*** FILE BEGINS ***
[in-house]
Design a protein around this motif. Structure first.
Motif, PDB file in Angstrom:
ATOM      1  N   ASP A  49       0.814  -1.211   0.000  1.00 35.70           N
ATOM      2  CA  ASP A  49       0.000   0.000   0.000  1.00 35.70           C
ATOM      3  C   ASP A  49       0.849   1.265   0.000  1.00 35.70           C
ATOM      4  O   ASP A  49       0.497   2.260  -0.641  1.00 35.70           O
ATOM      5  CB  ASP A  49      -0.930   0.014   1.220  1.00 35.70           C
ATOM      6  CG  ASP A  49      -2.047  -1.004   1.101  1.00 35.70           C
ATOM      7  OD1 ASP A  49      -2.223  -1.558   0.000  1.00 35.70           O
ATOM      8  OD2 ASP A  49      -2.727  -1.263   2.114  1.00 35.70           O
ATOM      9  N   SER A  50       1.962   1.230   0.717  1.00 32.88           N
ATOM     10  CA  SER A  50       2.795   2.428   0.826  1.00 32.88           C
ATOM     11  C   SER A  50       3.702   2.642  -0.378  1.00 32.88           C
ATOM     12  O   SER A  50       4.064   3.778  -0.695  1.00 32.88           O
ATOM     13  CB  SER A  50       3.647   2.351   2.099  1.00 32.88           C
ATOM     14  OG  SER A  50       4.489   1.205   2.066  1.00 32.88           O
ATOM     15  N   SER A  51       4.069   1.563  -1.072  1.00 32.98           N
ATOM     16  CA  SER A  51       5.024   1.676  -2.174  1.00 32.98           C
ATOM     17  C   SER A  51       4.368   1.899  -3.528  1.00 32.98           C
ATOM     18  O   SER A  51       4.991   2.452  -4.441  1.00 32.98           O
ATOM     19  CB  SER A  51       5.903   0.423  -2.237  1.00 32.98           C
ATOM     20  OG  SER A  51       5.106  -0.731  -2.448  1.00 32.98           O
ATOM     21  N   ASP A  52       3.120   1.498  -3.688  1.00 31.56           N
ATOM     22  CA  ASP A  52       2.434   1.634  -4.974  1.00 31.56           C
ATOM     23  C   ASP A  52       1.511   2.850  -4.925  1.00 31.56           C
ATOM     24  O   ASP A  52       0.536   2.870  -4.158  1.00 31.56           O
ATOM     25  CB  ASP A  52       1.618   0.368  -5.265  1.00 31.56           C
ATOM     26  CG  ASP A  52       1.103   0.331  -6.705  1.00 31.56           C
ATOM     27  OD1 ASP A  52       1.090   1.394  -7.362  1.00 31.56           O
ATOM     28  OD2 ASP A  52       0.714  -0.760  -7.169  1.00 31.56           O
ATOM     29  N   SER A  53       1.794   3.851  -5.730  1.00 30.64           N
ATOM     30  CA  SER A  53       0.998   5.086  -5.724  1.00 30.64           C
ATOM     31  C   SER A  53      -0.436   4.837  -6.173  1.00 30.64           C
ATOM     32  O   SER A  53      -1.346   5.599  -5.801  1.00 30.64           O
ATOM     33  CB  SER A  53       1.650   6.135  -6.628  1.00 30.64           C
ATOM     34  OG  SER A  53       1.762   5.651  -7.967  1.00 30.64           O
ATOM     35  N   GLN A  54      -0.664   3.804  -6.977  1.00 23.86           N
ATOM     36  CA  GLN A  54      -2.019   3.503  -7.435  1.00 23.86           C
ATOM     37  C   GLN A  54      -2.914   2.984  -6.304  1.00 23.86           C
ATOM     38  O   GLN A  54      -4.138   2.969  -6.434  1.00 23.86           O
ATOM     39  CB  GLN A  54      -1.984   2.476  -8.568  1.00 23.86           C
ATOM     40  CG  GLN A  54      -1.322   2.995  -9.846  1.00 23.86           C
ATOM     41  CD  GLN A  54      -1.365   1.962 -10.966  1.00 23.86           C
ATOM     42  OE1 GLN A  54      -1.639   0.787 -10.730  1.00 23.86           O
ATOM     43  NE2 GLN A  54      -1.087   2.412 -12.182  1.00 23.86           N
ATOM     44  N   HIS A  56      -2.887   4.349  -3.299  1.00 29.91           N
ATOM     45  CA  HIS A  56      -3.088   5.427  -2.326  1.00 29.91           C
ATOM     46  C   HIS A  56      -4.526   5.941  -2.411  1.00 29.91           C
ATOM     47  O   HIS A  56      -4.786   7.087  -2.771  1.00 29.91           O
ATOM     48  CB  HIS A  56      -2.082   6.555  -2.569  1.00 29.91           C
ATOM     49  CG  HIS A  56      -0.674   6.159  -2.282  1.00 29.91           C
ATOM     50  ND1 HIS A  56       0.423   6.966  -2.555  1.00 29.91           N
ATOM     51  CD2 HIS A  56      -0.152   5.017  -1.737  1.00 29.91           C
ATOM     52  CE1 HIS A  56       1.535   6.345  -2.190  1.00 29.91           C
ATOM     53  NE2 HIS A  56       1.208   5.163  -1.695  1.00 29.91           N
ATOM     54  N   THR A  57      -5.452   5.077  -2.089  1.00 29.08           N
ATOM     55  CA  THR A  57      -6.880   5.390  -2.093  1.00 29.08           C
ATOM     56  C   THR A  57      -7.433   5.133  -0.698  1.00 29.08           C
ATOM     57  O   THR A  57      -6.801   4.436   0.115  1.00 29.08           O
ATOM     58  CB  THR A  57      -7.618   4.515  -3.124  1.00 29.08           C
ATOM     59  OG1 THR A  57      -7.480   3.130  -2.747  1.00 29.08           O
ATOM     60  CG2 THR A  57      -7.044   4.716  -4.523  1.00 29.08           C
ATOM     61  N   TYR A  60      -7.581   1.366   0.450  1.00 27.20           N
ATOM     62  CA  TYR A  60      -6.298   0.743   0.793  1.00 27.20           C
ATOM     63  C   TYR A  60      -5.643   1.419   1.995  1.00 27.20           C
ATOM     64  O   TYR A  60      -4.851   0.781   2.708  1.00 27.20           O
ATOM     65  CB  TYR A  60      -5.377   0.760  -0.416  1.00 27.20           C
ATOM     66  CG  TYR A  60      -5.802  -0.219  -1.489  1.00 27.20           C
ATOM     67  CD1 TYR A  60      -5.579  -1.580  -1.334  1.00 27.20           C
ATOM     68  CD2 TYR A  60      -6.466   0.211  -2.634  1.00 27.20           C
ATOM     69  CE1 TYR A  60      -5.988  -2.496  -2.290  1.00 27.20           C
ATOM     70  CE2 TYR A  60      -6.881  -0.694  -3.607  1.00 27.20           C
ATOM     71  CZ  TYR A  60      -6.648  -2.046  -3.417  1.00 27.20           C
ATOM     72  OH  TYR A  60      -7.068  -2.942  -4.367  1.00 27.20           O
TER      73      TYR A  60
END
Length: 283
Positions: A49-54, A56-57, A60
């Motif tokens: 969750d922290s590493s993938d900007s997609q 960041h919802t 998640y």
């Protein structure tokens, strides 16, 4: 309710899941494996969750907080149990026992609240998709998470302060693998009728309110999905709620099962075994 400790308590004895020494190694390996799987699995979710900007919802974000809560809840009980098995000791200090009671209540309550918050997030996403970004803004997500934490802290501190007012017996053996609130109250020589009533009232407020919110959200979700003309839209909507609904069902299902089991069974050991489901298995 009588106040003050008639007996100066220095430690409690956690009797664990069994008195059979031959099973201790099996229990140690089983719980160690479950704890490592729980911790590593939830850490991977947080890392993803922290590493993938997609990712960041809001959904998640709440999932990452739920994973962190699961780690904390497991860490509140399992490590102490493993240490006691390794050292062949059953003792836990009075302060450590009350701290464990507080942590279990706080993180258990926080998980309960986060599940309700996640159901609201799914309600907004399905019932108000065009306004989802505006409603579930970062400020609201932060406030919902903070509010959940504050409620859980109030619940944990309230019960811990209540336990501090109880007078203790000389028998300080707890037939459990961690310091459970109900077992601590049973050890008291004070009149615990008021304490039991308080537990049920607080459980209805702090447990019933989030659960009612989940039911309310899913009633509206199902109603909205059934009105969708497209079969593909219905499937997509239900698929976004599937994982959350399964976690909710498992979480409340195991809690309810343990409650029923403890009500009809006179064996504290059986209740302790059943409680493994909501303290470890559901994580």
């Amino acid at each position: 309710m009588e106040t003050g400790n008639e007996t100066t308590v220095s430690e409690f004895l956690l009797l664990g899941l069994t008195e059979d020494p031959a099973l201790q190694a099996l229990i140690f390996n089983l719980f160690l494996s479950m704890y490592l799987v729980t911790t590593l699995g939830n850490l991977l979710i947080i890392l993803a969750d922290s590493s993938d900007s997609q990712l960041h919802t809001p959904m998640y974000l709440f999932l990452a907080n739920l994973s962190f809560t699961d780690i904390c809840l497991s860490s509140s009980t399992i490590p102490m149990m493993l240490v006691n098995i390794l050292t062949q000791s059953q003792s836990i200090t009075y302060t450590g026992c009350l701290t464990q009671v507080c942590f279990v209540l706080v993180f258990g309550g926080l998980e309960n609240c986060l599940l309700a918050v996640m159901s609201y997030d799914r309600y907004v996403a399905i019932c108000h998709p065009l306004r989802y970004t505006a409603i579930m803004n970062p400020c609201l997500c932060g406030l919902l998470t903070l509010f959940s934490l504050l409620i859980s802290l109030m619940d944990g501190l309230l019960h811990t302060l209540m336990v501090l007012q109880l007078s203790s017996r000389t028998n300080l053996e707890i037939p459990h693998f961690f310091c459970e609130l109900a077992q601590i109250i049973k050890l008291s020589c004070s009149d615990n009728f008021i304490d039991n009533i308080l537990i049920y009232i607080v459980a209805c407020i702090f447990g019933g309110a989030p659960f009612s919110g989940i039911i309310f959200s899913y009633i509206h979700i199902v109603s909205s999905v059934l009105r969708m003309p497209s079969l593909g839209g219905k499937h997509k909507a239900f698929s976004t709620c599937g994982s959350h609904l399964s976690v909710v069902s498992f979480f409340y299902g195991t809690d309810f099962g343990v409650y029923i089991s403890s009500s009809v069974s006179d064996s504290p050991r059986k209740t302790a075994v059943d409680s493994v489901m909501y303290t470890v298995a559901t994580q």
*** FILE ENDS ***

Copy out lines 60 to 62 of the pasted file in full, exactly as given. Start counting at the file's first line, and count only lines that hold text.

ATOM     57  O   THR A  57      -6.801   4.436   0.115  1.00 29.08           O
ATOM     58  CB  THR A  57      -7.618   4.515  -3.124  1.00 29.08           C
ATOM     59  OG1 THR A  57      -7.480   3.130  -2.747  1.00 29.08           O